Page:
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Research Papers

Deformation of a Droplet in a Channel Flow

[+] Author and Article Information
Ebrahim Shirani

Mechanical Engineering Department, Isfahan University of Technology, Isfahan 84156, Iraneshirani@cc.iut.ac.ir

Shila Masoomi

Mechanical Engineering Department, Isfahan University of Technology, Isfahan 84156, Iran

J. Fuel Cell Sci. Technol 5(4), 041008 (Sep 09, 2008) (8 pages) doi:10.1115/1.2930774 History: Received October 30, 2006; Revised October 18, 2007; Published September 09, 2008

Formation of droplets especially in microchannels, micro-electro-mechanical systems (MEMS) and polymer electrolyte membrane fuel cells and their effects on the performance of these devises, as well as scientific aspect of the droplet behavior in the fluid flow motion, makes the subject of the droplet deformation and motion an attractive problem. In this work, we numerically simulate the deformation of a drop of water attached to the wall of a channel flow using full two-dimensional Navier–Stokes equation and the volume-of-fluid method for capturing the interface. The effects of channel inlet velocity, the density and viscosity of the surrounding fluid, and the surface tension coefficient on the flow structures both inside and outside of the droplet as well as the deformation of the droplets are examined. Several test cases, which cover rather wide range of the Reynolds and capillary numbers, based on the surrounding fluid properties and the diameter of the droplet are performed. The Reynolds number, Re, range is from 24 to 1800 and the capillary number, Ca, is from 0.014 to 0.219. It is found that the droplet shape changes and depending on the capillary and Reynolds numbers, it eventually reaches an equilibrium state when there is balance between the surface tension, inertia, and the viscous forces. It is also found that the deformation of the droplet does not depend on the capillary numbers, when Ca is small, but it is a strong function of Ca, when it is large.

Copyright © 2008 by American Society of Mechanical Engineers
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References

Figures

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Figure 1

Schematic diagram of attached droplet in a channel

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Figure 2

Initial and the final equilibrium shapes of a droplet for Case 1

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Figure 3

Maximum length from the center of a drop to a drop surface interaction for Case 1

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Figure 4

Flow configurations at t=20ms, for Case 8 using different computer codes. (a) Surfer code and (b) Linux code.

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Figure 5

Pressure configurations along vertical axis at t=20ms, for Case 8 using different computer codes

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Figure 6

Flow configurations at t=20ms, for Case 1

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Figure 7

Flow configurations at t=20ms, for Case 2

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Figure 8

Flow configurations at t=20ms, for Case 3

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Figure 9

Droplet shape at t=0 and t=20ms for Case 1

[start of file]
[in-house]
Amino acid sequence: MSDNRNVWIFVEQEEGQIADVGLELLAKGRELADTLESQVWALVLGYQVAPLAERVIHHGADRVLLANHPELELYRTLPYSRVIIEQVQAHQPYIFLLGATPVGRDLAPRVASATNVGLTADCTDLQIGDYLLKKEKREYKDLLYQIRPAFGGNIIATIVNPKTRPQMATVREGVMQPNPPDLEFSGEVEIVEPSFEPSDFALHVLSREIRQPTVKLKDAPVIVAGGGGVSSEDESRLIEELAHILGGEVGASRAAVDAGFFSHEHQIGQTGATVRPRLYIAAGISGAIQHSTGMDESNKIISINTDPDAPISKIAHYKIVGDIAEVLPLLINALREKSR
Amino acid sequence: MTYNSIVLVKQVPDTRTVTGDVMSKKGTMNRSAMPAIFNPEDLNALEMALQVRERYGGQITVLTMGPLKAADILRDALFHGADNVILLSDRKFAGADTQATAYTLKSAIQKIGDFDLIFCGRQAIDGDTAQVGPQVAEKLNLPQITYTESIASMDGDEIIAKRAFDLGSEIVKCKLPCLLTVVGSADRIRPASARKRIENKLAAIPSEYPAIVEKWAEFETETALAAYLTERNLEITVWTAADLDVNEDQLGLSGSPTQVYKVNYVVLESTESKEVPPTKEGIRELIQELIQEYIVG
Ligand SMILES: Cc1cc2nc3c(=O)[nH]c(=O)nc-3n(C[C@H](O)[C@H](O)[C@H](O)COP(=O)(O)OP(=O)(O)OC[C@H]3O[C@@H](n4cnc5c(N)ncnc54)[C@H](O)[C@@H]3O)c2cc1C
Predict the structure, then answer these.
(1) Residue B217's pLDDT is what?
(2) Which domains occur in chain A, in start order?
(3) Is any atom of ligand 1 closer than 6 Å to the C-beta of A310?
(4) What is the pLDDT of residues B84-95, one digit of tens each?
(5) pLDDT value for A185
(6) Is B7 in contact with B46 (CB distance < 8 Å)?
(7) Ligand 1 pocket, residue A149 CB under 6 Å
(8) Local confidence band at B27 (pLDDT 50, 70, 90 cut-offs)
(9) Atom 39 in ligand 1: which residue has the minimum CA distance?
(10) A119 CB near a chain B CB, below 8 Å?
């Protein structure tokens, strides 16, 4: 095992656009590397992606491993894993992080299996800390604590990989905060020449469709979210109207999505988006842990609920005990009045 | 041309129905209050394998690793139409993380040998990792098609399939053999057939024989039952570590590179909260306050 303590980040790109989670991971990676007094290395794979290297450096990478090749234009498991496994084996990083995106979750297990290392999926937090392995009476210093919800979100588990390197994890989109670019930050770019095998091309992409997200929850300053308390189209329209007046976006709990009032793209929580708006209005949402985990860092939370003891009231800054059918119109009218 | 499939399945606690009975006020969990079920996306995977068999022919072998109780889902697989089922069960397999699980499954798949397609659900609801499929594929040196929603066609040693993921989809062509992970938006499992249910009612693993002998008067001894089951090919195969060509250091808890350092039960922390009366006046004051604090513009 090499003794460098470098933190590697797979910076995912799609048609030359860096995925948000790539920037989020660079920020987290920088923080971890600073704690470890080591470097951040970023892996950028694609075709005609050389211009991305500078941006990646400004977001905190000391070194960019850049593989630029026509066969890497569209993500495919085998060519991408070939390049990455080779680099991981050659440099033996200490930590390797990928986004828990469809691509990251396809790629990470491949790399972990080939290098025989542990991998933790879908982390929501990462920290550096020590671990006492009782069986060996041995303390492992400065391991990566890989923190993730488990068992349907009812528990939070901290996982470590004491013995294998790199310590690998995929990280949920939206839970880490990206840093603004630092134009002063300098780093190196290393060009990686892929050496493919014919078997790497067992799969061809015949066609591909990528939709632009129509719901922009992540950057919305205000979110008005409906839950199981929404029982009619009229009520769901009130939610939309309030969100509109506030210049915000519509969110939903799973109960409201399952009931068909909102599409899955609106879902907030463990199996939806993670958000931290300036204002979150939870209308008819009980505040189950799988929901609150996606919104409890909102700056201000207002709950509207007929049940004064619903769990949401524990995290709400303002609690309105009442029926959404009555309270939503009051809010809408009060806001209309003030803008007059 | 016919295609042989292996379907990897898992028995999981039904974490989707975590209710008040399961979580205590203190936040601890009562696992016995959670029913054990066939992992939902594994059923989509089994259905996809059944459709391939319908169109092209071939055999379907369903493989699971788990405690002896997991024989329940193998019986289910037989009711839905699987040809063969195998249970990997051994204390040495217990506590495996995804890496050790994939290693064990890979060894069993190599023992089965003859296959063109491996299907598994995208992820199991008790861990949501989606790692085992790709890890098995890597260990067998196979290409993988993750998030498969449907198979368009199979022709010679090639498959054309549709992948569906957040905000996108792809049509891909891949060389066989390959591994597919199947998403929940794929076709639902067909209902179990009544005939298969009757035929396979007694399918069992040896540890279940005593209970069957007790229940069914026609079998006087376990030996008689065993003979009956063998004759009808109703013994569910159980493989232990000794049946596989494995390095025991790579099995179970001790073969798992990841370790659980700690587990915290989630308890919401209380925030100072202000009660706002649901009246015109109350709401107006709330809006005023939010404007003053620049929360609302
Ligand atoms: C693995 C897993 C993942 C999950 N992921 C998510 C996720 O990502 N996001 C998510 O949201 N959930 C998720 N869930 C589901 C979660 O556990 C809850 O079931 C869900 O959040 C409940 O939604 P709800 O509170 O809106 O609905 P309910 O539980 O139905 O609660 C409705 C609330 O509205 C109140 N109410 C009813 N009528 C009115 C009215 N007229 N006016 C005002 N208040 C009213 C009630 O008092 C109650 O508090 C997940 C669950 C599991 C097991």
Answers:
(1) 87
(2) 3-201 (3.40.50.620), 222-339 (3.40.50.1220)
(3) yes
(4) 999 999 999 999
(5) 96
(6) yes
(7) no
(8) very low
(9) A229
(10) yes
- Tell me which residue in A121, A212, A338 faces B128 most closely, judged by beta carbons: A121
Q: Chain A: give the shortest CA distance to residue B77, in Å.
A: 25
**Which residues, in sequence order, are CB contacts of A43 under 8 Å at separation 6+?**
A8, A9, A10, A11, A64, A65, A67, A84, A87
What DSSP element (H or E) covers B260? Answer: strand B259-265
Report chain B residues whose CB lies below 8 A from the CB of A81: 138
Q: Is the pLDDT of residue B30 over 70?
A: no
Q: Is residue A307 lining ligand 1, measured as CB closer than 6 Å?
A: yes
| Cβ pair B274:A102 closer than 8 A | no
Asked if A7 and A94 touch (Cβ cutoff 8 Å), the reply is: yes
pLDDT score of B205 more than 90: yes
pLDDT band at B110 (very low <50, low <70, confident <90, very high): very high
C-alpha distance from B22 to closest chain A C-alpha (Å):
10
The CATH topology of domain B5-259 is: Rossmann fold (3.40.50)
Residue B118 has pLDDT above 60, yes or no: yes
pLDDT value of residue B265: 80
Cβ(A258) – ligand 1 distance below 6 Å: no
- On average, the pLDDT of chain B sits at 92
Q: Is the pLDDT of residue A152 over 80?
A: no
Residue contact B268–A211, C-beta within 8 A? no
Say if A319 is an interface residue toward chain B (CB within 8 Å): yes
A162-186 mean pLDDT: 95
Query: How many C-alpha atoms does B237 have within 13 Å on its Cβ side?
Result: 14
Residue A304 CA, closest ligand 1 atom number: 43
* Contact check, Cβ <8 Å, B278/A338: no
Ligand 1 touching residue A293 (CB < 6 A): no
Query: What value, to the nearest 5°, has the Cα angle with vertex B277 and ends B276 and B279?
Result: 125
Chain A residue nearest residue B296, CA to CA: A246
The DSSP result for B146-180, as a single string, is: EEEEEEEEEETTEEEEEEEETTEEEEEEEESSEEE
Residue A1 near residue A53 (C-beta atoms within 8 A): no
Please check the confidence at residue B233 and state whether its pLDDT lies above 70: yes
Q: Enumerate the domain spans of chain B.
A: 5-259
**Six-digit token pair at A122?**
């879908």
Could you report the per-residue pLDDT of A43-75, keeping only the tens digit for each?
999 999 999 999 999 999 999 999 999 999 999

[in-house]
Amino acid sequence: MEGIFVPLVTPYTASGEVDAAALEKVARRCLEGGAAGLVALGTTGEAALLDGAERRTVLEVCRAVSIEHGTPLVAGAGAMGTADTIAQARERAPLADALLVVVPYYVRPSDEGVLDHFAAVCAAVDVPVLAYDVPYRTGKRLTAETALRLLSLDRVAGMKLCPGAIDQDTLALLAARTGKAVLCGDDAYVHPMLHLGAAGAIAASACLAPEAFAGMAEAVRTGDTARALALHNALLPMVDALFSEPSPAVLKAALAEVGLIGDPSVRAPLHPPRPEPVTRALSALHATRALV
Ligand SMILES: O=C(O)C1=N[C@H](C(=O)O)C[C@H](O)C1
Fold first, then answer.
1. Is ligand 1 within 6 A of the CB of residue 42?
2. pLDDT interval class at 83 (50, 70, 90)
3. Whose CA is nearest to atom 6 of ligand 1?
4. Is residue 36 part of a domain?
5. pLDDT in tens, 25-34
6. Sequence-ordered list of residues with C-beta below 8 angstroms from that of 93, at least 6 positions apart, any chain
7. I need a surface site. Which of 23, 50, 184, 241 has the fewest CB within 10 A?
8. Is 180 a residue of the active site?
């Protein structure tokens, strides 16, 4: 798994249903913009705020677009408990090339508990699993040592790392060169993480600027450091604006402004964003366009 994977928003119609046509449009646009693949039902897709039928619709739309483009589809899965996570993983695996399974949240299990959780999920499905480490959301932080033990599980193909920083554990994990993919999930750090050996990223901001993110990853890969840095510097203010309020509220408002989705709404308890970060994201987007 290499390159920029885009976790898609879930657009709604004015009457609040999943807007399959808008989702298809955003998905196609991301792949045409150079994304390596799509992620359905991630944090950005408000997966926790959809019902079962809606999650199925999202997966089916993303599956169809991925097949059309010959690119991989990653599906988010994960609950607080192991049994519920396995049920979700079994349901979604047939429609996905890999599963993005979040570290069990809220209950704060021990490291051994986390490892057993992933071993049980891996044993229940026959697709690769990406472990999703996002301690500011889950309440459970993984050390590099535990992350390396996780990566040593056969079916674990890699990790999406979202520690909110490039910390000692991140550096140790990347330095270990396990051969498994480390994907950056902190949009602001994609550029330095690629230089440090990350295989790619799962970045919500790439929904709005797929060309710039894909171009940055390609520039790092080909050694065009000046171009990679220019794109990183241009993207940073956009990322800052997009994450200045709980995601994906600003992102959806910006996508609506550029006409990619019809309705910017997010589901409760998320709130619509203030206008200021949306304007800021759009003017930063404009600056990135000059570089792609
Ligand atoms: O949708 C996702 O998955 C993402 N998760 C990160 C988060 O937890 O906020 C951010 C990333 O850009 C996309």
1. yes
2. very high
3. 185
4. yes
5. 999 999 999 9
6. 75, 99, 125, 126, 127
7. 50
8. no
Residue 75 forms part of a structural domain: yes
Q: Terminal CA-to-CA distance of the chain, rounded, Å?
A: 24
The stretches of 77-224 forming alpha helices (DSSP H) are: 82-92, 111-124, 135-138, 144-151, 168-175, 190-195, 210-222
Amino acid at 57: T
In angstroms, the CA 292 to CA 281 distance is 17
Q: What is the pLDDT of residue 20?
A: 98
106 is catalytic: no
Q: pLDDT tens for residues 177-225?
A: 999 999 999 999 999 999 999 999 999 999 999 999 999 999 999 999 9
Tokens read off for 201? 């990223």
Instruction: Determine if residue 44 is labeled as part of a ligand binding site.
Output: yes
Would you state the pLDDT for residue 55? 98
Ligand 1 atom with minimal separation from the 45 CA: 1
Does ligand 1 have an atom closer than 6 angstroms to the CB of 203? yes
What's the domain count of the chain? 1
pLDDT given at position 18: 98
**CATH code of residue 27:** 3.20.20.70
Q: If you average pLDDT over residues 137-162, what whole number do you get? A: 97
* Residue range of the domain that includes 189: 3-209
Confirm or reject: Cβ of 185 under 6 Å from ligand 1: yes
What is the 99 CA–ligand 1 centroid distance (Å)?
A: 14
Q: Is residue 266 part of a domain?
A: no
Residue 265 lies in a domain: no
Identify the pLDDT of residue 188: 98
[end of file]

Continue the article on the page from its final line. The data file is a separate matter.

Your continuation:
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Figure 10

Droplet shape at t=0 and t=20ms for Case 2

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Figure 11

Droplet shape at t=0 and t=20ms for Case 3

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Figure 12

Flow configurations at t=20ms, for Case 4

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Figure 13

Flow configurations at t=20ms, for Case 1

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Figure 14

Flow configurations at t=20ms, for Case 5

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Figure 15

Droplet shape at t=0 and t=20ms for Case 4

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Figure 16

Droplet shape at t=0 and t=20ms for Case 1

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Figure 17

Droplet shape at t=0 and t=20ms for Case 5

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Figure 18

Flow configurations at t=20ms, for Case 1

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Figure 19

Flow configurations at t=20ms, for Case 6

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Figure 20

Flow configurations at t=20ms, for Case 7

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Figure 21

Droplet shape at t=0 and t=20ms for Case 1

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Figure 22

Droplet shape at t=0 and t=20ms for Case 6

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Figure 23

Droplet shape at t=0 and t=20ms for Case 7

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Figure 24

Flow configurations at t=20ms, for Case 1

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Figure 25

Flow configurations at t=20ms, for Case 8

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Figure 26

Flow configurations at t=20ms, for Case 9

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Figure 27

Droplet shape at t=0 and t=20ms for Case 1

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Figure 28

Droplet shape at t=0 and t=20ms for Case 8

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Figure 29

Droplet shape at t=0 and t=20ms for Case 9

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Figure 30

Characteristic length scale ratio as a function of capillary number

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